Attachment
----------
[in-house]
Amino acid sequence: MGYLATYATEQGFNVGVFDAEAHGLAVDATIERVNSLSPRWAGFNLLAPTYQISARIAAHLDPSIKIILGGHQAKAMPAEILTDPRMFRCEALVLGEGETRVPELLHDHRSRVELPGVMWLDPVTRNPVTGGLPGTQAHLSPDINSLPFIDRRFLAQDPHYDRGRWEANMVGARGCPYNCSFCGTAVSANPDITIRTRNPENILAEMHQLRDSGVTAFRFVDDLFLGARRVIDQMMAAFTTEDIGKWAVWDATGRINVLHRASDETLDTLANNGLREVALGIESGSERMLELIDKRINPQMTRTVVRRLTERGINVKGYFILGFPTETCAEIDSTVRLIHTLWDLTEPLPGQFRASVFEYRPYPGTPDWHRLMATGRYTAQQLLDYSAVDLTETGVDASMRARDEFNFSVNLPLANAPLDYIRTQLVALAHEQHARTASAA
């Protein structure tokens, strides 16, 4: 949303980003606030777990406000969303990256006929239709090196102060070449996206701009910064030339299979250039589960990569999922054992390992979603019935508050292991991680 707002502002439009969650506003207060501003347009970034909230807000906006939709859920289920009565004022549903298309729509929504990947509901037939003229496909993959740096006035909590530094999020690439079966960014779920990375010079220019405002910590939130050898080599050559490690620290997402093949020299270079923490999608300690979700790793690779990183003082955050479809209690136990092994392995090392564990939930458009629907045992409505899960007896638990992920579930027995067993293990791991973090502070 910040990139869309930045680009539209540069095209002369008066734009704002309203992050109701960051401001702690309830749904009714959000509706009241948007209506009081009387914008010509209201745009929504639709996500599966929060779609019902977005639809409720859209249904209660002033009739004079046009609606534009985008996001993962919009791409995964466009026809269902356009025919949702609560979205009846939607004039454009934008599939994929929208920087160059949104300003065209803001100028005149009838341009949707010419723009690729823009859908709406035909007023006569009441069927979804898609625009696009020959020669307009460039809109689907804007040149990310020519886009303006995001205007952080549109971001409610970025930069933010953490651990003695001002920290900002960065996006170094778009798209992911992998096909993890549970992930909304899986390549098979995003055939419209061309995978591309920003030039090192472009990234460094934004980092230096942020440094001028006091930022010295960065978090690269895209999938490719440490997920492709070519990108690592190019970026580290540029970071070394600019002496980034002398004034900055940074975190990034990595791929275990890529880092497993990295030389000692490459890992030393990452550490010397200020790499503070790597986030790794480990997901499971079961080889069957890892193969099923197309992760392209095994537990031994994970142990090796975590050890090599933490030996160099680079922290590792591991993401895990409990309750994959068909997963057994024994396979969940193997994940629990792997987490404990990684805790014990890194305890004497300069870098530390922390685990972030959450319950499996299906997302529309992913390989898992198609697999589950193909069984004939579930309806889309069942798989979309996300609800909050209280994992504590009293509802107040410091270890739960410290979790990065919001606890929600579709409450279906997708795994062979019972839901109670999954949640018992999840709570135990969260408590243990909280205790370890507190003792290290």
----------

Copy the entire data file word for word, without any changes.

[in-house]
Amino acid sequence: MGYLATYATEQGFNVGVFDAEAHGLAVDATIERVNSLSPRWAGFNLLAPTYQISARIAAHLDPSIKIILGGHQAKAMPAEILTDPRMFRCEALVLGEGETRVPELLHDHRSRVELPGVMWLDPVTRNPVTGGLPGTQAHLSPDINSLPFIDRRFLAQDPHYDRGRWEANMVGARGCPYNCSFCGTAVSANPDITIRTRNPENILAEMHQLRDSGVTAFRFVDDLFLGARRVIDQMMAAFTTEDIGKWAVWDATGRINVLHRASDETLDTLANNGLREVALGIESGSERMLELIDKRINPQMTRTVVRRLTERGINVKGYFILGFPTETCAEIDSTVRLIHTLWDLTEPLPGQFRASVFEYRPYPGTPDWHRLMATGRYTAQQLLDYSAVDLTETGVDASMRARDEFNFSVNLPLANAPLDYIRTQLVALAHEQHARTASAA
């Protein structure tokens, strides 16, 4: 949303980003606030777990406000969303990256006929239709090196102060070449996206701009910064030339299979250039589960990569999922054992390992979603019935508050292991991680 707002502002439009969650506003207060501003347009970034909230807000906006939709859920289920009565004022549903298309729509929504990947509901037939003229496909993959740096006035909590530094999020690439079966960014779920990375010079220019405002910590939130050898080599050559490690620290997402093949020299270079923490999608300690979700790793690779990183003082955050479809209690136990092994392995090392564990939930458009629907045992409505899960007896638990992920579930027995067993293990791991973090502070 910040990139869309930045680009539209540069095209002369008066734009704002309203992050109701960051401001702690309830749904009714959000509706009241948007209506009081009387914008010509209201745009929504639709996500599966929060779609019902977005639809409720859209249904209660002033009739004079046009609606534009985008996001993962919009791409995964466009026809269902356009025919949702609560979205009846939607004039454009934008599939994929929208920087160059949104300003065209803001100028005149009838341009949707010419723009690729823009859908709406035909007023006569009441069927979804898609625009696009020959020669307009460039809109689907804007040149990310020519886009303006995001205007952080549109971001409610970025930069933010953490651990003695001002920290900002960065996006170094778009798209992911992998096909993890549970992930909304899986390549098979995003055939419209061309995978591309920003030039090192472009990234460094934004980092230096942020440094001028006091930022010295960065978090690269895209999938490719440490997920492709070519990108690592190019970026580290540029970071070394600019002496980034002398004034900055940074975190990034990595791929275990890529880092497993990295030389000692490459890992030393990452550490010397200020790499503070790597986030790794480990997901499971079961080889069957890892193969099923197309992760392209095994537990031994994970142990090796975590050890090599933490030996160099680079922290590792591991993401895990409990309750994959068909997963057994024994396979969940193997994940629990792997987490404990990684805790014990890194305890004497300069870098530390922390685990972030959450319950499996299906997302529309992913390989898992198609697999589950193909069984004939579930309806889309069942798989979309996300609800909050209280994992504590009293509802107040410091270890739960410290979790990065919001606890929600579709409450279906997708795994062979019972839901109670999954949640018992999840709570135990969260408590243990909280205790370890507190003792290290």